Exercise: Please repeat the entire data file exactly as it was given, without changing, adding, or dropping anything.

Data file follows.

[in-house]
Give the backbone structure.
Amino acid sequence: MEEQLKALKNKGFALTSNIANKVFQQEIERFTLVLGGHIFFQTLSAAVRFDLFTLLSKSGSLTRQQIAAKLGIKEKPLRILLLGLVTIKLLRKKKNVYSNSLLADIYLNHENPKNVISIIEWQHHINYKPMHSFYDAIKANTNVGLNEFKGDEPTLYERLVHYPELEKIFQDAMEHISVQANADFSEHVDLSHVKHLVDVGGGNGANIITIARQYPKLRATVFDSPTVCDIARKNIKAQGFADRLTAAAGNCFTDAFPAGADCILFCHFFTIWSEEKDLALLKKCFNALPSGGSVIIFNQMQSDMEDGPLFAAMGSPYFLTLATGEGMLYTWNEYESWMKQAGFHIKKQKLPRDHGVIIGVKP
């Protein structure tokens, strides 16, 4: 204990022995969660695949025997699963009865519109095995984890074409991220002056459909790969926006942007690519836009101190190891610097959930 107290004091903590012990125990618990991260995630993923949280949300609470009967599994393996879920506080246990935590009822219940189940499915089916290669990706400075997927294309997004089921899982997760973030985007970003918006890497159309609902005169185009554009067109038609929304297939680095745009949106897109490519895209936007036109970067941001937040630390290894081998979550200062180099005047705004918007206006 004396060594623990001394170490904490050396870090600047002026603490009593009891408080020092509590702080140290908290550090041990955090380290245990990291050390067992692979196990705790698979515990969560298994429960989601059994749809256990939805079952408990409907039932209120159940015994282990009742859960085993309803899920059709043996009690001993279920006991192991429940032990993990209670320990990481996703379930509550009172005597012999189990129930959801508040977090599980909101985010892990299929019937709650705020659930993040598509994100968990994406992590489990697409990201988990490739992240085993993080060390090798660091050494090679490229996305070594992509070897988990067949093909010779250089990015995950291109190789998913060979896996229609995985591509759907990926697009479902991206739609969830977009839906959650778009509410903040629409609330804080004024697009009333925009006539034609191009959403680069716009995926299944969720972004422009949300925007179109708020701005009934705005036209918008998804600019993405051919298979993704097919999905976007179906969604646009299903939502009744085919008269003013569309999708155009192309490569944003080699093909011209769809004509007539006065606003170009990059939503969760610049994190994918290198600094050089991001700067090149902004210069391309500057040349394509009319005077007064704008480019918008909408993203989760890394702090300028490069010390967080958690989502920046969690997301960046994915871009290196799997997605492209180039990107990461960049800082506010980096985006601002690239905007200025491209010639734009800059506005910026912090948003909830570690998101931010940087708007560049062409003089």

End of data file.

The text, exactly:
[in-house]
Give the backbone structure.
Amino acid sequence: MEEQLKALKNKGFALTSNIANKVFQQEIERFTLVLGGHIFFQTLSAAVRFDLFTLLSKSGSLTRQQIAAKLGIKEKPLRILLLGLVTIKLLRKKKNVYSNSLLADIYLNHENPKNVISIIEWQHHINYKPMHSFYDAIKANTNVGLNEFKGDEPTLYERLVHYPELEKIFQDAMEHISVQANADFSEHVDLSHVKHLVDVGGGNGANIITIARQYPKLRATVFDSPTVCDIARKNIKAQGFADRLTAAAGNCFTDAFPAGADCILFCHFFTIWSEEKDLALLKKCFNALPSGGSVIIFNQMQSDMEDGPLFAAMGSPYFLTLATGEGMLYTWNEYESWMKQAGFHIKKQKLPRDHGVIIGVKP
């Protein structure tokens, strides 16, 4: 204990022995969660695949025997699963009865519109095995984890074409991220002056459909790969926006942007690519836009101190190891610097959930 107290004091903590012990125990618990991260995630993923949280949300609470009967599994393996879920506080246990935590009822219940189940499915089916290669990706400075997927294309997004089921899982997760973030985007970003918006890497159309609902005169185009554009067109038609929304297939680095745009949106897109490519895209936007036109970067941001937040630390290894081998979550200062180099005047705004918007206006 004396060594623990001394170490904490050396870090600047002026603490009593009891408080020092509590702080140290908290550090041990955090380290245990990291050390067992692979196990705790698979515990969560298994429960989601059994749809256990939805079952408990409907039932209120159940015994282990009742859960085993309803899920059709043996009690001993279920006991192991429940032990993990209670320990990481996703379930509550009172005597012999189990129930959801508040977090599980909101985010892990299929019937709650705020659930993040598509994100968990994406992590489990697409990201988990490739992240085993993080060390090798660091050494090679490229996305070594992509070897988990067949093909010779250089990015995950291109190789998913060979896996229609995985591509759907990926697009479902991206739609969830977009839906959650778009509410903040629409609330804080004024697009009333925009006539034609191009959403680069716009995926299944969720972004422009949300925007179109708020701005009934705005036209918008998804600019993405051919298979993704097919999905976007179906969604646009299903939502009744085919008269003013569309999708155009192309490569944003080699093909011209769809004509007539006065606003170009990059939503969760610049994190994918290198600094050089991001700067090149902004210069391309500057040349394509009319005077007064704008480019918008909408993203989760890394702090300028490069010390967080958690989502920046969690997301960046994915871009290196799997997605492209180039990107990461960049800082506010980096985006601002690239905007200025491209010639734009800059506005910026912090948003909830570690998101931010940087708007560049062409003089």